Thursday, 6 February 2014

Fake it 'til you make it?

I'm quite a shy person when it comes to talking to new people. If I'm surrounded by others, then I won't be. It's a strange thing, but I seem to be more confident with people than on my own.  Maybe they're a kind of support for me? I don't know. But one thing I do hear often is the phrase - 'Fake it 'til you make it'. And I've struggled to understand it. If you're already shy, how are you able to 'fake it' in the first place?

If I have to have a one to one meeting with a teacher or something, I automatically feel nervous about it. No matter what it is. In the past, they haven't gone well (with me ending up crying) so maybe I'm haunted by the past. But anyway, yesterday, I had to talk to my vice-principle about something and before going in I had 'fake it 'til you make it' circling in my head. I walked in. Sat down. And fought for what I wanted. I came out and my face was bright red, but at least I didn't cry. Maybe it was because the man I was talking to was really patronising and I felt that I had to show him that I can speak up for myself. Or maybe I did in fact....fake it. Either way, I got the outcome I wanted.

But in the past I've pondered on this phenomenon. It doesn't make sense to me that someone who is naturally shy would be able to fake it. I have some sassy friends who repeat that phrase to me but ever since I've known them, they've always been confident - they couldn't have been faking it when they were eight...could they? I feel so much admiration for them, because to me, being sassy with teachers is hard, but they get their way. I'm confident at home, with my friends, outside of school. But there's something about college/school that makes me quieter.

College is a place, for me, where I go in, get the stuff done and leave. I work hard and in return, I don't want it to stress me out - even though it of course will. I don't want to be embarrassed by getting a question wrong and I don't want to annoy teachers by pestering them about stupid little things. However, this year, I've started doing those things. Every Friday I go and pester my tutor to ask if I have to go to tutorial that day and even if the outcome isn't what I wanted, I'm pleased I did it. I still rarely ask teachers for help but I do have a rapport with them, which is hard in a class of thirty.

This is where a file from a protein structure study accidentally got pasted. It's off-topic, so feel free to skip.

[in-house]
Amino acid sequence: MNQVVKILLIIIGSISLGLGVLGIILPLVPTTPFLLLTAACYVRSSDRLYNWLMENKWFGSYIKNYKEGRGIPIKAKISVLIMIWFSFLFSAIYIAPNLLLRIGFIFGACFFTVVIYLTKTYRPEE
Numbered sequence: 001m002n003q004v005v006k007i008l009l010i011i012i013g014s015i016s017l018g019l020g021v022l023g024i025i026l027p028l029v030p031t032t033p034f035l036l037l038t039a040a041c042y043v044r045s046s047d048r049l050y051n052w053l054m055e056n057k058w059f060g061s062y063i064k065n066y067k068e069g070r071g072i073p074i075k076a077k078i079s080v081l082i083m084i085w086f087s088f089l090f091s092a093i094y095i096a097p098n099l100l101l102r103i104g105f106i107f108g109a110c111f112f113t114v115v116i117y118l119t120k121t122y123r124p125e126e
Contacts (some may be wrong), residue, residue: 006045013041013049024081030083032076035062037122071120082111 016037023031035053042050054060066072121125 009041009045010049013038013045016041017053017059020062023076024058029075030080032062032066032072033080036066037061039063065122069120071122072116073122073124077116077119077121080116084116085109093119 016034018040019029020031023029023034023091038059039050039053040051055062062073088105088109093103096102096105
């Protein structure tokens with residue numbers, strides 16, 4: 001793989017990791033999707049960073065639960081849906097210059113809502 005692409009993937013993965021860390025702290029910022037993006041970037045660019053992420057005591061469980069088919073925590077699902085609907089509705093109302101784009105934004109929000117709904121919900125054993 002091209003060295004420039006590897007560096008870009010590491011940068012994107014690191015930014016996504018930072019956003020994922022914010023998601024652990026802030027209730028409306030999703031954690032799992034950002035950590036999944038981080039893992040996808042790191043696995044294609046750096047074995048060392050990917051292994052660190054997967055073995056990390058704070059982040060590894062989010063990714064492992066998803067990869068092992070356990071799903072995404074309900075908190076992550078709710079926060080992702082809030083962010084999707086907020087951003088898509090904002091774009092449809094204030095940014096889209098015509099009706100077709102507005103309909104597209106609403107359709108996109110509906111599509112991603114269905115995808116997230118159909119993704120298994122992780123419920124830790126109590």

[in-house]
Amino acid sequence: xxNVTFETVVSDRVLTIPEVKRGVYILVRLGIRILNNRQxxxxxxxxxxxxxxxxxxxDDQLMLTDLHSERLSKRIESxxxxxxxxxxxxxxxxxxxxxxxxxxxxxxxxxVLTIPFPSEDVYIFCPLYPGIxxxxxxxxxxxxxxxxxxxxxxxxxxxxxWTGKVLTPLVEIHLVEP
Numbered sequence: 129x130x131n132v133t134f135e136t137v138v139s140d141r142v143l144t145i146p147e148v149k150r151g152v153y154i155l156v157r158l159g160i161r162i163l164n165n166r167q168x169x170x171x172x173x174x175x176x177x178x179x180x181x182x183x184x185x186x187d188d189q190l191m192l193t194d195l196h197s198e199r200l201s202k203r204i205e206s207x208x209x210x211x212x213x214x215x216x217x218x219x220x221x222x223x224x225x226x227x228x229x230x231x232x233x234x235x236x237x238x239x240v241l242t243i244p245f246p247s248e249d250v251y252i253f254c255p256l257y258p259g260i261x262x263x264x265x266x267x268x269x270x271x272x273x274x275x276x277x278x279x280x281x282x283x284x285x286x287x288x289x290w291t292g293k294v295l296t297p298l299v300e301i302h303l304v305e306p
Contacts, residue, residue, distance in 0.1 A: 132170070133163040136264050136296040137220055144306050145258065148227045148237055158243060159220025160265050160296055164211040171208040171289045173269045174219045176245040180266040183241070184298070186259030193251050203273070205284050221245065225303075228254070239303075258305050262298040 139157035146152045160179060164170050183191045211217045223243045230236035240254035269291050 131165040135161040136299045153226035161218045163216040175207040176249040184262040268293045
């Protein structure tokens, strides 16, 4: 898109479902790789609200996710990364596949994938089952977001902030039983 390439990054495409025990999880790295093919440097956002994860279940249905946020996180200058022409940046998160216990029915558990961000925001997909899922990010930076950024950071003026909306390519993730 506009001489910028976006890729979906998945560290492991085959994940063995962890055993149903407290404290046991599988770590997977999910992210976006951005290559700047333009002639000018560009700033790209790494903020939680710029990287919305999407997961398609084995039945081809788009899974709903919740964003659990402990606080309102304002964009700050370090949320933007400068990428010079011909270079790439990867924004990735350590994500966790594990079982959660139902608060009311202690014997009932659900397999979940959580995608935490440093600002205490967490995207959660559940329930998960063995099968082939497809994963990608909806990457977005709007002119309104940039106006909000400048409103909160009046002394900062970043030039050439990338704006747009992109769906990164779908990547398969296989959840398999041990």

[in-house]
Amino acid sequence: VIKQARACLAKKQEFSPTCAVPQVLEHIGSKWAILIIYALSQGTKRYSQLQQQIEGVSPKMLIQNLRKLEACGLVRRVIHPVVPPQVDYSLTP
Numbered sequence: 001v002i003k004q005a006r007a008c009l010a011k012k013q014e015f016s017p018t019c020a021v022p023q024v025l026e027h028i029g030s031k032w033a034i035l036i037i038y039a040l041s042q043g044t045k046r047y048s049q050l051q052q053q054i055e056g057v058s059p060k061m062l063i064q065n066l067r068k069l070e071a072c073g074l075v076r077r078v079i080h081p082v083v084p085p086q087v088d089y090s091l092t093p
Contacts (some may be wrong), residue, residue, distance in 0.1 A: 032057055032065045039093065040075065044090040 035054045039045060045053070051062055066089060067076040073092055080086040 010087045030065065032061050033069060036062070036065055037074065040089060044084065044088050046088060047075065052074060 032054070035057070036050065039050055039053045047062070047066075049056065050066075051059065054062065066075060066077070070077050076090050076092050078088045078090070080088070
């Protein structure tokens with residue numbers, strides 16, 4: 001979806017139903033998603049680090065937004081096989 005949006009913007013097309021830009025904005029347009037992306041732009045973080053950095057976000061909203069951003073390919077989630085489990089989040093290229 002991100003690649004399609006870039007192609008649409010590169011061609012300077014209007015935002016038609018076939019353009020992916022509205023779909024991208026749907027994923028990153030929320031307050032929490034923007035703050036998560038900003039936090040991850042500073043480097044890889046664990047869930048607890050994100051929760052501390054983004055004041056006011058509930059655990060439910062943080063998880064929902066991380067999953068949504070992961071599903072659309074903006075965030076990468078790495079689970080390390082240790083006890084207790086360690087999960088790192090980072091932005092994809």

What I guess I'm trying to say is that, I don't think I'm 'faking it', I think I'm growing up. Talking to grown ups gets easier once you get older and I seem to have only realised that after my meeting yesterday. I'm actually so proud of myself. My 15 year old self would have given in but here I am, two years on and I now have less stress to deal with. I don't think I'm going to suddenly become really confident in classes but I'll get there in the end. It turns out instead of faking it, I have to wait to make it.


  1. i always took the saying as going head first into something and for a second just trying to forget all your fears and making it seem like you are more confident then u really are. i can only do this sonetimes. like you i am a naturally shy person as of now im in a room full of my pears to scared to talk to any of them in fear of causing an awkward situation ehhh... but when im.not at school im more outgoing.. i dunno anymore. really liked this ppst btw. maybe il become more social in college..

  2. Interesting piece!

  3. i enjoyed reading this!

    i also know this phrase, and i think that if you tell yourself again and again that you can do something - and therefore kind of 'play a role' -, it will be normal for you to act that way someday. a few people a know have tried to handle situations like this; it isn't easy but does help sometimes.
    if you're happier after you've done something you are in actual fact afraid of it has definitely helped :)

    Lost in my mind


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